Material selection for orthopedic implants is based upon considerations that can be categorized as material and structural properties, implant design, manufacturing, regulatory, or patient-related factors. The selection of materials also depends on the intended use of the implant (e.g., anatomic location, articulation, loading bearing). For these reasons, orthopedic implants may be made from metals, polymers, ceramics, composites, biologically derived materials, combination products, or some combination thereof. While traditional materials such as stainless steel, cobalt-based alloys, and titanium alloys are constantly being modified to be more effective biomaterials, resulting in improved medical devices, new materials continue to be explored as alternatives. The aim of this chapter is to review some of the fundamental characteristics of each of the materials. Material-associated complications arising from the biologic response to these materials, such as osteolysis and infection, will also be discussed.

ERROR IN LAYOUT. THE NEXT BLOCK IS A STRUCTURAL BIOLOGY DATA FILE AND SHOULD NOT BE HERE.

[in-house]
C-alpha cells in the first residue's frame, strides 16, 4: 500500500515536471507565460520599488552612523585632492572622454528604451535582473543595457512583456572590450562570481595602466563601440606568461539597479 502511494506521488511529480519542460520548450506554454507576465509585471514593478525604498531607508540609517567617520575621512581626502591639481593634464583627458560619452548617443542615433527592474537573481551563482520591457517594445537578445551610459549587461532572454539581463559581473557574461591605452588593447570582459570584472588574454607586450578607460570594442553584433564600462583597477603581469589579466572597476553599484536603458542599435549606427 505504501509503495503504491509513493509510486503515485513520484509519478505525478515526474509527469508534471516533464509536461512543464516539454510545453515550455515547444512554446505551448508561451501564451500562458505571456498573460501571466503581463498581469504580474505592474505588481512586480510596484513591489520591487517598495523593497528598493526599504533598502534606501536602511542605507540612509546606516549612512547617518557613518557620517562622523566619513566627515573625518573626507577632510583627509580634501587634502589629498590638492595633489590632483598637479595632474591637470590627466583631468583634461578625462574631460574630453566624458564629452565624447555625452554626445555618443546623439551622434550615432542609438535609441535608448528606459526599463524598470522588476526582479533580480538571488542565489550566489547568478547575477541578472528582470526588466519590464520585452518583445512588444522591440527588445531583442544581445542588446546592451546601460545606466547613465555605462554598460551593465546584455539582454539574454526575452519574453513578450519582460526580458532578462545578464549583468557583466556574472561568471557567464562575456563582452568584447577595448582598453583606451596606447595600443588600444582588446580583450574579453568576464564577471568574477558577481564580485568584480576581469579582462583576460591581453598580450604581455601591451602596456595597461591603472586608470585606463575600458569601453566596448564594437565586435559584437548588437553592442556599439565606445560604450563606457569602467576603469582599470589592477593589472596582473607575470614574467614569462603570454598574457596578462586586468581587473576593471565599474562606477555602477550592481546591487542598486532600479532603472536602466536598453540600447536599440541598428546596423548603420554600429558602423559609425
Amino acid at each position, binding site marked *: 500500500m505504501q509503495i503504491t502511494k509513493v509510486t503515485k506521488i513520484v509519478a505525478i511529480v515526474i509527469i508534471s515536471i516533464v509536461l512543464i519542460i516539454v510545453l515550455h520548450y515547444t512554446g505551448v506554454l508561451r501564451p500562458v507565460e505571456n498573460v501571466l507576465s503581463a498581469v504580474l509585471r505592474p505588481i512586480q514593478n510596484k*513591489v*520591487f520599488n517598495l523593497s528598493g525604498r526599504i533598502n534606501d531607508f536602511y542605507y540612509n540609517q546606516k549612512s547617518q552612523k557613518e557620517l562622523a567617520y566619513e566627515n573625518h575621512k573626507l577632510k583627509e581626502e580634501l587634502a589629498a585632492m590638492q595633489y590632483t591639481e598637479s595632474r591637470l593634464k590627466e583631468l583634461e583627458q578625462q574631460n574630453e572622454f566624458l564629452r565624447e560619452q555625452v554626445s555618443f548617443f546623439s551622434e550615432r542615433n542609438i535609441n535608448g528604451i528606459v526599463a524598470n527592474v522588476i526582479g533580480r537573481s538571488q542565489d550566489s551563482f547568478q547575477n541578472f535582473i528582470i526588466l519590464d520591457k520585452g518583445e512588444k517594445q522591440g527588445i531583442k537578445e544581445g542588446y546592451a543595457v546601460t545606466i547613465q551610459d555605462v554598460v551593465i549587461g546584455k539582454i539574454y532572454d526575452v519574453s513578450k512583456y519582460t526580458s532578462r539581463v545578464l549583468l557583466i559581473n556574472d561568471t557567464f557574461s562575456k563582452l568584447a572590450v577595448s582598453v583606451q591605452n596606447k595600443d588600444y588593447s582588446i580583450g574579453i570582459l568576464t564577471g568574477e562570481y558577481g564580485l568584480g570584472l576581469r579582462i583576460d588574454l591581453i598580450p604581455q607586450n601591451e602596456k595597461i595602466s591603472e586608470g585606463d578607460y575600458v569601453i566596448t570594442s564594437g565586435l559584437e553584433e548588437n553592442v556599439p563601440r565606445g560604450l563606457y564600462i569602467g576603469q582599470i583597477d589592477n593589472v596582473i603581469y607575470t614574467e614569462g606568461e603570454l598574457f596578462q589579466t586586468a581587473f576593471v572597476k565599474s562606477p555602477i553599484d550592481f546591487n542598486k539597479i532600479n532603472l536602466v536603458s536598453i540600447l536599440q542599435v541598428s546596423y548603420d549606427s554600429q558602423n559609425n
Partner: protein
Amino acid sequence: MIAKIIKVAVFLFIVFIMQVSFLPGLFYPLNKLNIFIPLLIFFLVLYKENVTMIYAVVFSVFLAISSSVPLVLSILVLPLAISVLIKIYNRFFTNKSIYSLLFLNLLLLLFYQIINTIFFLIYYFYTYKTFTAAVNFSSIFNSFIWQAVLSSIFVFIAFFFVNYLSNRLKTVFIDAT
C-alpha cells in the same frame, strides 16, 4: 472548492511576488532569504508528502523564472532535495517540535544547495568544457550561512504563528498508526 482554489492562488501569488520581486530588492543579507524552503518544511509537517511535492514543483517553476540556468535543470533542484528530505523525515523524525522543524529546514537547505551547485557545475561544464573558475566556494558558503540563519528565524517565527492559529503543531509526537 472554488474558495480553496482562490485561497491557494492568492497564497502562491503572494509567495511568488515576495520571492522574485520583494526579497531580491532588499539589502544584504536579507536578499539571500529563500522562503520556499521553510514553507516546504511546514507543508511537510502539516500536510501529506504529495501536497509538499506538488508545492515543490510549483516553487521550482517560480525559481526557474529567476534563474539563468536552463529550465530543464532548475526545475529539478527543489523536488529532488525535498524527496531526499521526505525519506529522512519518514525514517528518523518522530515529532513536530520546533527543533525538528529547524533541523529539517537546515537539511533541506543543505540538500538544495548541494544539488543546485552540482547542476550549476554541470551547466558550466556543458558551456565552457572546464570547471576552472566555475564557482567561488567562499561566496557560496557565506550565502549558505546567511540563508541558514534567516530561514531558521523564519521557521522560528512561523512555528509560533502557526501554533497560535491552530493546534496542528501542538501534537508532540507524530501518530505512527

|Original language||English (US)|
|Title of host publication||Mechanical Testing of Orthopaedic Implants|
|State||Published - May 23 2017|
- Biological implants
- Combination products
ASJC Scopus subject areas